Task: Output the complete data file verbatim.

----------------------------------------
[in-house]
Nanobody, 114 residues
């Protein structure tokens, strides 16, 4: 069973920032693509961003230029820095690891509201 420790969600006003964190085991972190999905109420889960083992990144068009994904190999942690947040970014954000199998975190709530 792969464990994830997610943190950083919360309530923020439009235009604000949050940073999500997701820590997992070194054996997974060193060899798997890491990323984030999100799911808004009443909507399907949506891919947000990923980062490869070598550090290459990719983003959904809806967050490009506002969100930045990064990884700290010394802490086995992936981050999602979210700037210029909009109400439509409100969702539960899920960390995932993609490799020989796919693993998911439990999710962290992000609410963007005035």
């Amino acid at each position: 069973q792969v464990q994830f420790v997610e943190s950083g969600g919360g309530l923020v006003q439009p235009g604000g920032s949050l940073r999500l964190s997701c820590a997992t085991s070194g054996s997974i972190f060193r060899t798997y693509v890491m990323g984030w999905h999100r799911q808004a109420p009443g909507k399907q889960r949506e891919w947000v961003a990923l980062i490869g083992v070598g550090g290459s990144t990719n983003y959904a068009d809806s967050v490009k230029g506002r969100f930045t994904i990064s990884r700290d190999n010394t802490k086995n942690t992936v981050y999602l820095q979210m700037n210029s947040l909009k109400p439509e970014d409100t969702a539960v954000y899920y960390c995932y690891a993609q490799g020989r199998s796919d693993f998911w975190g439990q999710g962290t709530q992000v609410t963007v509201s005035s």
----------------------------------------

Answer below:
[in-house]
Nanobody, 114 residues
């Protein structure tokens, strides 16, 4: 069973920032693509961003230029820095690891509201 420790969600006003964190085991972190999905109420889960083992990144068009994904190999942690947040970014954000199998975190709530 792969464990994830997610943190950083919360309530923020439009235009604000949050940073999500997701820590997992070194054996997974060193060899798997890491990323984030999100799911808004009443909507399907949506891919947000990923980062490869070598550090290459990719983003959904809806967050490009506002969100930045990064990884700290010394802490086995992936981050999602979210700037210029909009109400439509409100969702539960899920960390995932993609490799020989796919693993998911439990999710962290992000609410963007005035």
């Amino acid at each position: 069973q792969v464990q994830f420790v997610e943190s950083g969600g919360g309530l923020v006003q439009p235009g604000g920032s949050l940073r999500l964190s997701c820590a997992t085991s070194g054996s997974i972190f060193r060899t798997y693509v890491m990323g984030w999905h999100r799911q808004a109420p009443g909507k399907q889960r949506e891919w947000v961003a990923l980062i490869g083992v070598g550090g290459s990144t990719n983003y959904a068009d809806s967050v490009k230029g506002r969100f930045t994904i990064s990884r700290d190999n010394t802490k086995n942690t992936v981050y999602l820095q979210m700037n210029s947040l909009k109400p439509e970014d409100t969702a539960v954000y899920y960390c995932y690891a993609q490799g020989r199998s796919d693993f998911w975190g439990q999710g962290t709530q992000v609410t963007v509201s005035s």